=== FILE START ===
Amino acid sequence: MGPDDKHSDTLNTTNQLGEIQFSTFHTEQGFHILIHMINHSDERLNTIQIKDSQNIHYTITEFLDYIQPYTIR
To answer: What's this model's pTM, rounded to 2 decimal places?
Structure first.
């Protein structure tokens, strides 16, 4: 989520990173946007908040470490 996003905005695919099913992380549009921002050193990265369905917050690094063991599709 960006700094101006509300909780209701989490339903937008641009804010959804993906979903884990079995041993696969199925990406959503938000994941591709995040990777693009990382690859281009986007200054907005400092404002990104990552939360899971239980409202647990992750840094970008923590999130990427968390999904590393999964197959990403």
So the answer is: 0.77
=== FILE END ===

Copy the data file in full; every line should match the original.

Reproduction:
Amino acid sequence: MGPDDKHSDTLNTTNQLGEIQFSTFHTEQGFHILIHMINHSDERLNTIQIKDSQNIHYTITEFLDYIQPYTIR
To answer: What's this model's pTM, rounded to 2 decimal places?
Structure first.
């Protein structure tokens, strides 16, 4: 989520990173946007908040470490 996003905005695919099913992380549009921002050193990265369905917050690094063991599709 960006700094101006509300909780209701989490339903937008641009804010959804993906979903884990079995041993696969199925990406959503938000994941591709995040990777693009990382690859281009986007200054907005400092404002990104990552939360899971239980409202647990992750840094970008923590999130990427968390999904590393999964197959990403």
So the answer is: 0.77